Each educator needs a large enough instructional toolkit that contains learner-centered and engaging strategies. The contents of this toolkit require both specific and generalized skills: to match the level of the school with its content (elementary versus secondary), to address the learning styles of today’s students, to employ technology effectively, and to understand the newest brain research. Also vital to this toolkit are literacy strategies and critical thinking skills, along with learning strategies specific to content areas. With this set of knowledge, abilities, and strategies, teachers will have a 21st century toolkit, one that enables them to select the most engaging strategy that best matches the student’s current performance and the district curriculum. The conversation between the administrator and the teacher should encourage experimenting with strategies for diverse learners and sharing those successes with peers. Walk-throughs can help identify model classrooms for others to visit; develop an understanding of when, where, and why to use certain strategies; and look for evidence of engagement with an appropriate level of rigor and relevance.

Diagnostic Thinking

The fourth component necessary for instructional leadership and results is diagnostic thinking. When teachers can analyze current student data and converse knowledgeably with colleagues about successful strategies and student growth, they are then able to select the right teaching and learning tools, even for those students who are the hardest to serve. To do this, however, teachers need a deep understanding of the development and use of formative and summative assessments, the skill to use them, and the experience to determine which tools in their toolkit will be most effective under what circumstances. The conversation between the administrator and the teacher should be around the use of data to make great instructional decisions, not just around understanding the numbers. Walk-throughs can then focus on the effective implementation of data use in adjusting day-to-day learning strategies while still zeroing in on the aligned objectives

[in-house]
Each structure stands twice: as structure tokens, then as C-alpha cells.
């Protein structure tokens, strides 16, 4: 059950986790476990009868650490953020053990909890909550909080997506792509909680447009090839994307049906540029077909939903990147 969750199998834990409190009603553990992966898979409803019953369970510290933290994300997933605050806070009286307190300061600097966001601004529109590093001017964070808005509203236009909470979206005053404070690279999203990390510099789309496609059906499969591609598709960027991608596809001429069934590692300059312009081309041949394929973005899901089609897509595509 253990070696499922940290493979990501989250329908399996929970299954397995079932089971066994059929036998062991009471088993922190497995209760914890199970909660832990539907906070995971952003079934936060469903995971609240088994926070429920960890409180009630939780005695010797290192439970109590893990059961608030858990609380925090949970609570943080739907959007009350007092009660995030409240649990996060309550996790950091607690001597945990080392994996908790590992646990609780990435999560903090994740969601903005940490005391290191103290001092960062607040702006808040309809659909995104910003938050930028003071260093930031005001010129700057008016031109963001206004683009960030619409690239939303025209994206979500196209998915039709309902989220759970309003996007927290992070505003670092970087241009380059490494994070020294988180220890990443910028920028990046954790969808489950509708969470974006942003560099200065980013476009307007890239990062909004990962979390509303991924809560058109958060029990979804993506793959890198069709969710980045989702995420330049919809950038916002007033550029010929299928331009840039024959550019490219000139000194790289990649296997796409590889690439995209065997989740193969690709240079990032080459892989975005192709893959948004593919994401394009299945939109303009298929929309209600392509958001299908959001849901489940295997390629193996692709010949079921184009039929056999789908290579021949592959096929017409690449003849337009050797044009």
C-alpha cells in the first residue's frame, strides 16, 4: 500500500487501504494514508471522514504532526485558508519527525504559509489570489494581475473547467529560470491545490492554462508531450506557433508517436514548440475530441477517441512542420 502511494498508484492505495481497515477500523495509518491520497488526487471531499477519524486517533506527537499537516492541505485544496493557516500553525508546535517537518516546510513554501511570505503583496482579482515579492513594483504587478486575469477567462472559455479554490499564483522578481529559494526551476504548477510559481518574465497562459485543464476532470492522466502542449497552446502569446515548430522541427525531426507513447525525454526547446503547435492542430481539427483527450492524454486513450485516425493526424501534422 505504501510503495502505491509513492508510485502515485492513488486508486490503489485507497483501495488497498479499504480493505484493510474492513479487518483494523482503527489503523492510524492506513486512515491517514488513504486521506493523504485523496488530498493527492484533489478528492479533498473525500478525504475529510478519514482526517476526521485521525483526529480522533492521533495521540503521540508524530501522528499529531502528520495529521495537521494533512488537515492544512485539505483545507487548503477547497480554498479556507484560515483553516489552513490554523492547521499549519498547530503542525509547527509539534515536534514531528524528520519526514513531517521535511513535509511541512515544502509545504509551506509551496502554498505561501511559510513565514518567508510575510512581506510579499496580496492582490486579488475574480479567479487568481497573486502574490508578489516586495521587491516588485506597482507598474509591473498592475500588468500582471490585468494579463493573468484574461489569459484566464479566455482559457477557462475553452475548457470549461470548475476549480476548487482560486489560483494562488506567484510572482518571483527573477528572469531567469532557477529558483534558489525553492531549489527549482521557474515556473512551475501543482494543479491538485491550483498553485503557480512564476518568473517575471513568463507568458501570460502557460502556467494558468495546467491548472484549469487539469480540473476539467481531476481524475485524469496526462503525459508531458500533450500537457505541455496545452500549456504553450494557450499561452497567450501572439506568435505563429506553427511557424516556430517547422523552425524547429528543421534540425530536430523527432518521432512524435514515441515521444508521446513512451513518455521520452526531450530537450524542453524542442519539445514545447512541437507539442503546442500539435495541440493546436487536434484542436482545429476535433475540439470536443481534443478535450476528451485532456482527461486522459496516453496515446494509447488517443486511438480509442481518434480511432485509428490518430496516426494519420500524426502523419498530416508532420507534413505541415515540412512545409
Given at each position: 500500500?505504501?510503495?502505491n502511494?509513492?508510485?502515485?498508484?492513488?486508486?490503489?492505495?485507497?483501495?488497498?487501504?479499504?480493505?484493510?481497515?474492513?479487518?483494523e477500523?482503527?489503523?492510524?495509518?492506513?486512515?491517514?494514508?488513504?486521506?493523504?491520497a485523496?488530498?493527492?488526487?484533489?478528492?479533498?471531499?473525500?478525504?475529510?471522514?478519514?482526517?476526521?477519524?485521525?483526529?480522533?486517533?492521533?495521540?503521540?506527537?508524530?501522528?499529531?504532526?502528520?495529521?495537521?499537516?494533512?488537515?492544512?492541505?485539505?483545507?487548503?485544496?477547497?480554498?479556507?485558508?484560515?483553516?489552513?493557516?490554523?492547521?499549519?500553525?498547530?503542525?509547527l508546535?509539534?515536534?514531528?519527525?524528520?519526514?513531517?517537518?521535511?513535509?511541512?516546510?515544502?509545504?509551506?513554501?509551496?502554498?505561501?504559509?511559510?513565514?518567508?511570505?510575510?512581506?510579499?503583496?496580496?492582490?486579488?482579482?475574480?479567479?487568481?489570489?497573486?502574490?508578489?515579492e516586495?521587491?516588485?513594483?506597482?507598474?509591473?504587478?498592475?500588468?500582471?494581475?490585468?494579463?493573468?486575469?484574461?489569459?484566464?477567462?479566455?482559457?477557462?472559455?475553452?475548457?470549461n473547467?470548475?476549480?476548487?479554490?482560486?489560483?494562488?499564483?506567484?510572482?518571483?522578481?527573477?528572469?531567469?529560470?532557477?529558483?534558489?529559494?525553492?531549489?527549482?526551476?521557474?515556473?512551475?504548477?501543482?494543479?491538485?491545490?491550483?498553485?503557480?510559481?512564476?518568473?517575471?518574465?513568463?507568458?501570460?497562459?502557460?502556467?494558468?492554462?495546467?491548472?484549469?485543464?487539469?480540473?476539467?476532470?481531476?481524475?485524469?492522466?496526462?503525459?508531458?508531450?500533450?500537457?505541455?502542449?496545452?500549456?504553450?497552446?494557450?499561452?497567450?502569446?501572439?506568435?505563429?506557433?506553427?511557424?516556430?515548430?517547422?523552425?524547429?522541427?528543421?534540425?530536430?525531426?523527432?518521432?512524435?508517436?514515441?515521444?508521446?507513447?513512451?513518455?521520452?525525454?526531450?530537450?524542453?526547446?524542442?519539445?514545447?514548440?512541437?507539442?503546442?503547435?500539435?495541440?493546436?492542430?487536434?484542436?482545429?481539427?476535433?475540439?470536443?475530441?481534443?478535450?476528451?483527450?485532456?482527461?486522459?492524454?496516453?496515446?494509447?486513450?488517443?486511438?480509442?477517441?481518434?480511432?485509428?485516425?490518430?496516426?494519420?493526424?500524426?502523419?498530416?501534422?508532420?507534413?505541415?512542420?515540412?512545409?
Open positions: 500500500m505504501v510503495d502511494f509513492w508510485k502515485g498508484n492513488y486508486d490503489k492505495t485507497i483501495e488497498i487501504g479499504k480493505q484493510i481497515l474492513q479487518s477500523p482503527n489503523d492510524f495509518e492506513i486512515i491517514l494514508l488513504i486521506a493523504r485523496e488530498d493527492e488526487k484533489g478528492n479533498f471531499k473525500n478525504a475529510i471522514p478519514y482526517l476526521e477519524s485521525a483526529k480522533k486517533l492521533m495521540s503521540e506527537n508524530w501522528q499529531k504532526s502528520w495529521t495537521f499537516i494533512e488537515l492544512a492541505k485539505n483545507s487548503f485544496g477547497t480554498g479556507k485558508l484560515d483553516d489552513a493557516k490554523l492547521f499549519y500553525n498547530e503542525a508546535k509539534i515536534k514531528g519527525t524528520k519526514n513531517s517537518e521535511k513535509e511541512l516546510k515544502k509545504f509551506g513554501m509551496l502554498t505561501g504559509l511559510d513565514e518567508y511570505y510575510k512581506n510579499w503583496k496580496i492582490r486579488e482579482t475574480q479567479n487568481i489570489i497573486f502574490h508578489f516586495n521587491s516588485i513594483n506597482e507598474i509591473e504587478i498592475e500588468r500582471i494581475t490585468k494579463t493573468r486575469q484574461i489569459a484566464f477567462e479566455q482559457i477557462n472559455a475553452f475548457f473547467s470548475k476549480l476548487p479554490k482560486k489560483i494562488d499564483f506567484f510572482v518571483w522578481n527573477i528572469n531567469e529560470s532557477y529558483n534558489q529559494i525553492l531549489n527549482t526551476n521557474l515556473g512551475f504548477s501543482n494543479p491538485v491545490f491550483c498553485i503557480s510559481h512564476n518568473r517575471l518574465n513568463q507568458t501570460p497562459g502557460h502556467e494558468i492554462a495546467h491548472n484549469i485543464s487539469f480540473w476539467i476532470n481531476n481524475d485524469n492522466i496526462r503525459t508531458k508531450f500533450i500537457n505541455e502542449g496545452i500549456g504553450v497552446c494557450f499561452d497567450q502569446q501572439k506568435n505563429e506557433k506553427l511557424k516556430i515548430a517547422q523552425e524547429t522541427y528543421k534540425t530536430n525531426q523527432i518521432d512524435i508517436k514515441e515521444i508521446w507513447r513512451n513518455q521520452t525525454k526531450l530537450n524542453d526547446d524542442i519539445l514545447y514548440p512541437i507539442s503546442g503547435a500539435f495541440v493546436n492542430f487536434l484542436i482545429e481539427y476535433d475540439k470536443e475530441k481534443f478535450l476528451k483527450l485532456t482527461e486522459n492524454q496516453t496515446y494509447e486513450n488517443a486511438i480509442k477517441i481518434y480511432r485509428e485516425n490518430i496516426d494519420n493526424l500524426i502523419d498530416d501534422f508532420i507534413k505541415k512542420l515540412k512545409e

Conclusion

Ensuring that conversations and walk-throughs revolve around these four aspects of meeting diverse learner needs helps the partnership between the administrator and the teacher focus on results for students. The building administrator walks through classrooms looking for the gold, the great things happening for and with students. These nuggets of success need to be shared with the whole department, level, or school. Peers can be encouraged to visit each other’s classroom to find great examples of successful student engagement and learning that can be replicated in their own class. This type of positive approach to supervision is the foundation for successful instructional leadership that leads to effective teaching and helps schools achieve more rapid results for students.

References

Daggett, W. Achieving Academic Excellence through Rigor and Relevance. White paper, 2005 Retrieved:http://www.leadered.com/pdf/Academic_Excellence.pdf

International Center for Leadership in Education. Student Engagement — Teacher Handbook, Rexford, NY: 2009

International Center for Leadership in Education. Rigor and Relevance Handbook, 2nd ed., Rexford, NY: 2010

International Center for Leadership in Education. Using the Rigor/Relevance Framework for Planning and Instruction, Rexford, NY: 2007

Kuzmich, L. Data Driven Instruction. Multimedia Kit. Denver: Colorado Department of Education and the Colorado BOCES, 1998

Kuzmich, L. and Daggett, W. “A Sure Fire Approach to Effective Teaching: Ensuring Access through Differentiated Instruction.” Special EDge Newsletter 21.3 (Summer 2008), California Department of Education Special Education Division

Kuzmich, L. and Gregory, G. Data Driven Differentiation for the Standards-Based Classroom, Thousand Oaks, CA: Corwin Press, 2005

Kuzmich, L., et al. Applied Differentiation: Making It Work. Multimedia Kit (Classroom, Elementary, and Secondary editions). Sandy, UT: School Improvement Network, 2006

Kuzmich, L., et al. Facilitating Teacher Evaluation in a Standards-Based Classroom, Denver: Colorado Department of Education and the Colorado BOCES, 1996

Lin Kuzmich is a Network coach and senior consultant for the International Center for Leadership in Education.